I’ve been here on the farm for seventeen years, but this year I’ve felt the most connected. In the past, I looked after my family, I worked hard in my role as a tutor, I cleaned, cooked, tried to stay healthy, tried to save money, took the dogs for their much loved walks, hurried here, hurried there. I felt so zonked at the end of the day that I just wanted to disconnect. Sometimes, I achieved that by having a glass of wine; other times, I just stared at the computer screen in a kind of stupor (we didn’t have a tv but we hired dvd’s and watched them on the computer). I worked a lot on autopilot. I even used to race from my gym dance class, which finished at 6.15pm, to my meditation group, which started at 6.30pm. The irony!
This year, I’m finally understand what the Buddhist concept of conscious awareness means. Conscious awareness just means avoiding doing things on autopilot. It means doing things with thought and it makes me feel good. I feel peaceful and content when I’m keeping my mind on what I’m doing instead of racing ahead trying to solve all the days problems (some are even imaginary and never eventuate anyway) every minute.
This week, I started to think about whether I would be able to find work at the end of the year. I started to doubt whether I should embark on a counselling course. Informal counselling was a part of my tutoring role when I was working with vulnerable people with whom I built trusting, caring relationships. I don’t know where the thoughts and feelings of doubt came from but one morning I woke up and they permeated everything. I think that being consciously aware of what I am doing, I didn’t allow those thoughts to sit in my head. I involved myself in the activities of the day and I felt content. The negative thoughts just drifted away.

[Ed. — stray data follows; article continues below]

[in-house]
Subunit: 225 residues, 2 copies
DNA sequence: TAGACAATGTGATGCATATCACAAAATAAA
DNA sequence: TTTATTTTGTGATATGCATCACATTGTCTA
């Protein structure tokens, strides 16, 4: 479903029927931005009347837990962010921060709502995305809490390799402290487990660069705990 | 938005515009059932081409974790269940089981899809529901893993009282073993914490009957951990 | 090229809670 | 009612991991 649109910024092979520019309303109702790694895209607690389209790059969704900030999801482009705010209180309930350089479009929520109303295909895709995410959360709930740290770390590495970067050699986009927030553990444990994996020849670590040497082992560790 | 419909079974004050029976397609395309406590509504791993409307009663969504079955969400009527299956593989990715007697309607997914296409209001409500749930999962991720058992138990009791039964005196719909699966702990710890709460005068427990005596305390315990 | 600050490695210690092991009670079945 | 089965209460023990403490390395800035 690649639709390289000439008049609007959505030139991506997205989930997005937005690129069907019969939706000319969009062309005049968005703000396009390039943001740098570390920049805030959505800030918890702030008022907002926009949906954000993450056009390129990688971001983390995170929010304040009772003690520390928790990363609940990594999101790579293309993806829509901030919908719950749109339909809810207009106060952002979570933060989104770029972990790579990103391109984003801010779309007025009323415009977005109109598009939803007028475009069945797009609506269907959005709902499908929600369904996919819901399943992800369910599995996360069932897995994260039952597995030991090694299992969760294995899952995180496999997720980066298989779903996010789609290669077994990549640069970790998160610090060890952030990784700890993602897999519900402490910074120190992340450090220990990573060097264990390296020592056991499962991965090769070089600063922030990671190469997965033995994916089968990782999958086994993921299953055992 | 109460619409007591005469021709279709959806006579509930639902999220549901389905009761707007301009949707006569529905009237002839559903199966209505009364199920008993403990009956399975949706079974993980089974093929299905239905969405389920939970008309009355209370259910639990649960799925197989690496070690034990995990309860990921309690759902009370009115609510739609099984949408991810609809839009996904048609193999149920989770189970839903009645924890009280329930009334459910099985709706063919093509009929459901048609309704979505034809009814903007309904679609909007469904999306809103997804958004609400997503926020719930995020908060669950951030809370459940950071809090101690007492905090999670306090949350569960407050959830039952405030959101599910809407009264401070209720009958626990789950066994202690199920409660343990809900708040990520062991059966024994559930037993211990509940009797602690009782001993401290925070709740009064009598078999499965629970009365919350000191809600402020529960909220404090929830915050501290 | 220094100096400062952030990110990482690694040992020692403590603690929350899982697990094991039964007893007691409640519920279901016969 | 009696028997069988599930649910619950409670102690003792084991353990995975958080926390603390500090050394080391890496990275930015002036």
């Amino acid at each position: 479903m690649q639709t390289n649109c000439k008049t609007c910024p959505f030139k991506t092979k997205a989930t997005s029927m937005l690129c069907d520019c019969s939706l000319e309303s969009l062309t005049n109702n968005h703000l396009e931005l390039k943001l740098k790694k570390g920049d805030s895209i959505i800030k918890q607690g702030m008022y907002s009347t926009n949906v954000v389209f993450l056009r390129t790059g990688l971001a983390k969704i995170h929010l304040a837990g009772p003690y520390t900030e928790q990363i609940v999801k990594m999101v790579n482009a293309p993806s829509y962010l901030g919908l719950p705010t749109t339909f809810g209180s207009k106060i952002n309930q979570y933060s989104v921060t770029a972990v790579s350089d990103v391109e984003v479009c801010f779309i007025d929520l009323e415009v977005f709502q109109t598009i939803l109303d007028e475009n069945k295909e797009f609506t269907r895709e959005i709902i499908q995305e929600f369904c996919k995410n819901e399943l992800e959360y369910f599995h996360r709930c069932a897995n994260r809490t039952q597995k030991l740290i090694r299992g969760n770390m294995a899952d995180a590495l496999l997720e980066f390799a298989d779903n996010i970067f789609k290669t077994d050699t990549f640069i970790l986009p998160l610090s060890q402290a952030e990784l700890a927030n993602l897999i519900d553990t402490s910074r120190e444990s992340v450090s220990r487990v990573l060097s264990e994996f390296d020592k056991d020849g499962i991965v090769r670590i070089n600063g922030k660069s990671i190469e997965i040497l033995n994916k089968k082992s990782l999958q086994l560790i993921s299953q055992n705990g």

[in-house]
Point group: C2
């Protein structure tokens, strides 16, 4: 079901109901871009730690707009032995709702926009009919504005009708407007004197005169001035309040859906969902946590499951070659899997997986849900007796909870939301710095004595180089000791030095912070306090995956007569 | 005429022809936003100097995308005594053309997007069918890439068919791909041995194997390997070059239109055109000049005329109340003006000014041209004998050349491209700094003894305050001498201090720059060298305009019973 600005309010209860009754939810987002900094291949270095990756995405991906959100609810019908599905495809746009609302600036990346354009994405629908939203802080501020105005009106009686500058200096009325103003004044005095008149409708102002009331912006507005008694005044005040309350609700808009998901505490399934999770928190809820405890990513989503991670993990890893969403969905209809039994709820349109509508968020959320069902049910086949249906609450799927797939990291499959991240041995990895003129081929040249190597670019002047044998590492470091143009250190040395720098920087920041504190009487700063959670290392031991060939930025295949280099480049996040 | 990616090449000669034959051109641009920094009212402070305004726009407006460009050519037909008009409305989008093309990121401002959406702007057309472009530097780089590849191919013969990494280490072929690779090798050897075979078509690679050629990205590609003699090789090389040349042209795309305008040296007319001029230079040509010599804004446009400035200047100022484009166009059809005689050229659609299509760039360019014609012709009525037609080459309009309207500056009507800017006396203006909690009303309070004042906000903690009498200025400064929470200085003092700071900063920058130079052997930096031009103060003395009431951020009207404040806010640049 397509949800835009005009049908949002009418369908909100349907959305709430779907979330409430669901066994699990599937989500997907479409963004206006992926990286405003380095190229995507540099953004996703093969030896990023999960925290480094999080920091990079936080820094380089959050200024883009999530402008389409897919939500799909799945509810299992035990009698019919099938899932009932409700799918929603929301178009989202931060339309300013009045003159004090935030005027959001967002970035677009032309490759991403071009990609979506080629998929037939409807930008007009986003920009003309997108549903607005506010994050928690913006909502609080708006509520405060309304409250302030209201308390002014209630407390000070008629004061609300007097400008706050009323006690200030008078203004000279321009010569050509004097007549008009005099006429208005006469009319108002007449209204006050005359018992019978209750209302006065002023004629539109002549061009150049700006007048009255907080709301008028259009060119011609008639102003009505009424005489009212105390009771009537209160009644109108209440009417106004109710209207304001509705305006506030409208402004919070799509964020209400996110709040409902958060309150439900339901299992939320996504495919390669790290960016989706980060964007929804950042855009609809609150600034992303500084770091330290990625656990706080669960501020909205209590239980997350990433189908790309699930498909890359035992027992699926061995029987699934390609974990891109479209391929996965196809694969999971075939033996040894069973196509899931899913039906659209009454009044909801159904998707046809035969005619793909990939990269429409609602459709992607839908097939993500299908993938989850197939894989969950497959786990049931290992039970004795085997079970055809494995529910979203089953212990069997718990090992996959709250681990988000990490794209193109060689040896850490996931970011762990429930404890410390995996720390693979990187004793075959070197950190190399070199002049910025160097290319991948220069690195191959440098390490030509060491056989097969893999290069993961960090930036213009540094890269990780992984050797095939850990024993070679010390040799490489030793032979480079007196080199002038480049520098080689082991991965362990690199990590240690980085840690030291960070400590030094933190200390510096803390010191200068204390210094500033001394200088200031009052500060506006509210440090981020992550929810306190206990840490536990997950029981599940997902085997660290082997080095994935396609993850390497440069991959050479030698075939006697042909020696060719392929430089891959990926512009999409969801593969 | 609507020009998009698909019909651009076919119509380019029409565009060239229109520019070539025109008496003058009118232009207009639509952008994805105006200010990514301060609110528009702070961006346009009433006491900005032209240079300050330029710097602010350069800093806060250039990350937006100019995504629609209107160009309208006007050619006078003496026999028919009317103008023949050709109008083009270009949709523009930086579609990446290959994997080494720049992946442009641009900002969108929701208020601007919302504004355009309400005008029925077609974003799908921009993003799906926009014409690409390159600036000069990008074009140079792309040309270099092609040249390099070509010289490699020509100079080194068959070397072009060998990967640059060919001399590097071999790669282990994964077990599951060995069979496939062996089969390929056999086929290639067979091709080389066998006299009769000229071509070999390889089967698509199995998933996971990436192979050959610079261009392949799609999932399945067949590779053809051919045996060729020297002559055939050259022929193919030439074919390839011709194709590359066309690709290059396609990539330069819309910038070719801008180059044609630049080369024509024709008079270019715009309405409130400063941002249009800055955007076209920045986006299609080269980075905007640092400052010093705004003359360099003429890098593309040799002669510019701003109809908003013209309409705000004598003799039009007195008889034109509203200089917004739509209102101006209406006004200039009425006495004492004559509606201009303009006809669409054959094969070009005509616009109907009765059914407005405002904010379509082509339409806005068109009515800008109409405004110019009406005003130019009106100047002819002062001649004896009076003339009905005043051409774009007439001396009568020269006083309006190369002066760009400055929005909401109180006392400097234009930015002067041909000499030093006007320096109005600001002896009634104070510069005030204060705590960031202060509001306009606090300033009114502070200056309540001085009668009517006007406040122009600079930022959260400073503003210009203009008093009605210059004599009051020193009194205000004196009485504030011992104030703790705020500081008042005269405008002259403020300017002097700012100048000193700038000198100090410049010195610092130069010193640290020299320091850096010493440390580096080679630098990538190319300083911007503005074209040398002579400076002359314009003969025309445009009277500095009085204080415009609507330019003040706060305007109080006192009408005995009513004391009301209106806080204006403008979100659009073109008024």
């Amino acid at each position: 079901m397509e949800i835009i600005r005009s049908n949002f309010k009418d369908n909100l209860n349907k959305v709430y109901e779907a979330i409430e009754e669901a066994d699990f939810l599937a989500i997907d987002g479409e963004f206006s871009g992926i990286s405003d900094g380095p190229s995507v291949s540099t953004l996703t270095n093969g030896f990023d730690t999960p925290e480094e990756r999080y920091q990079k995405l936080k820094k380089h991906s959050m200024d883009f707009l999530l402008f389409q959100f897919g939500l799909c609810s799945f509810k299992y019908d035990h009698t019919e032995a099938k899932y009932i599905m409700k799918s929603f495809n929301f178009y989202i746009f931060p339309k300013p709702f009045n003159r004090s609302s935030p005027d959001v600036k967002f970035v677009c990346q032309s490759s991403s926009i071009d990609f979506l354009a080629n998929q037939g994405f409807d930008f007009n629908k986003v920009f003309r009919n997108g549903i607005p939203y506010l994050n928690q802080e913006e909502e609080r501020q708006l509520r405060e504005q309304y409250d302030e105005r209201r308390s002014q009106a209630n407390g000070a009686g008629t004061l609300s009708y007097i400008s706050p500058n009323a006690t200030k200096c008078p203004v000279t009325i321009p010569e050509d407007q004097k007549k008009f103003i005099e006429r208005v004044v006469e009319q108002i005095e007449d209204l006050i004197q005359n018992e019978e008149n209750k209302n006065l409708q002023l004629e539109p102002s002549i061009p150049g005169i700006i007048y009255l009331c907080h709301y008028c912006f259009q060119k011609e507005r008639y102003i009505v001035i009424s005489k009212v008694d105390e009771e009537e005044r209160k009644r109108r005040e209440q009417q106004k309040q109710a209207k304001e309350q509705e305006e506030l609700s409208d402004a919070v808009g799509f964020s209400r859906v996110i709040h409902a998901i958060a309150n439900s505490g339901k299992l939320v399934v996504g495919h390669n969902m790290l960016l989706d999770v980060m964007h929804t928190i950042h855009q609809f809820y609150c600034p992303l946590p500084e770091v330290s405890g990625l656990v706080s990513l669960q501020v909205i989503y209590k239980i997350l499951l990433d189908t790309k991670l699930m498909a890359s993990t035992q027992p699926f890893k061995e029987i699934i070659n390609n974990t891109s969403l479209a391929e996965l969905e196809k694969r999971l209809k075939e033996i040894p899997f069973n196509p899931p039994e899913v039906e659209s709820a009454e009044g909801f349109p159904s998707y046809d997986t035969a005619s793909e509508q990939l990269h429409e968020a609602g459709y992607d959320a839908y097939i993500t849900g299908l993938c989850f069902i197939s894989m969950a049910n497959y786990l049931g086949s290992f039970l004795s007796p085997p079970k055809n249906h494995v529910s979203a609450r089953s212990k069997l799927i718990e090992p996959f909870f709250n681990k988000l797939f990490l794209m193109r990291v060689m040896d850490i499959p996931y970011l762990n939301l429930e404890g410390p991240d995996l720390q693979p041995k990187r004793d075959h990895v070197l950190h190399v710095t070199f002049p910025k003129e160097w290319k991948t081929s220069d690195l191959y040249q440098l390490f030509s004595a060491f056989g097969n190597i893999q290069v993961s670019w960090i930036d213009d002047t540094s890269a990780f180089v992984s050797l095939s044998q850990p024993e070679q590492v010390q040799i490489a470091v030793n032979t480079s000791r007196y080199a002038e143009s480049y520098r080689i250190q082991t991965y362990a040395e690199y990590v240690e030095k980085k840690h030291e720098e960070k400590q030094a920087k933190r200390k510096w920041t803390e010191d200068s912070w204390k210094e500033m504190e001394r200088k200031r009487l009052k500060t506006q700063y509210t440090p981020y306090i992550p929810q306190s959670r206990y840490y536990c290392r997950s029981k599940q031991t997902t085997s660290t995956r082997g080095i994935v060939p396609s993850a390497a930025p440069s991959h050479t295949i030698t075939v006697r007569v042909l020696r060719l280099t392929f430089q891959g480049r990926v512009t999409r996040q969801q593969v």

So, now I’m back in the headspace that says the world is a good and friendly place, full of love and compassion. Maybe, it will be hard for me to find work. Who knows. But, maybe it won’t.
For many years, we didn’t have a TV so we just watched DVDs on our computer monitor and our girls grew up without being bombarded by advertising. Now, we have ABC iview, SBS On Demand and, most recently, Netflix and Stan (which we share with friends). Etienne and Izzy like the movies on Netflix and Stan. I scroll through them for hours and rarely find one I want to watch. I have a list of movies that I’d like to see but none of them are on Netflix, and if they are, it’s only Netflix in America (not the Australian Netflix range.) Anyway, recently, I randomly chose the movie Paterson (on Netflix). It’s a weird, cute, boring, and wonderful movie about a fairly ordinary, young bus driver who writes love poetry about his wife. There are no great twists and turns of plot, it’s just the story of a man who lives a mundane, repetitive existence who chooses to focus on the one amazing thing in his life: his adoring wife. The story documents a week of his life, his morning routine, the conversations he hears on the bus and the quiet moments he finds time to jot down poems about his experiences with his loving, supportive wife. He’s no Wordsworth, but his poems are heartfelt and his wife is his best audience. I enjoyed it.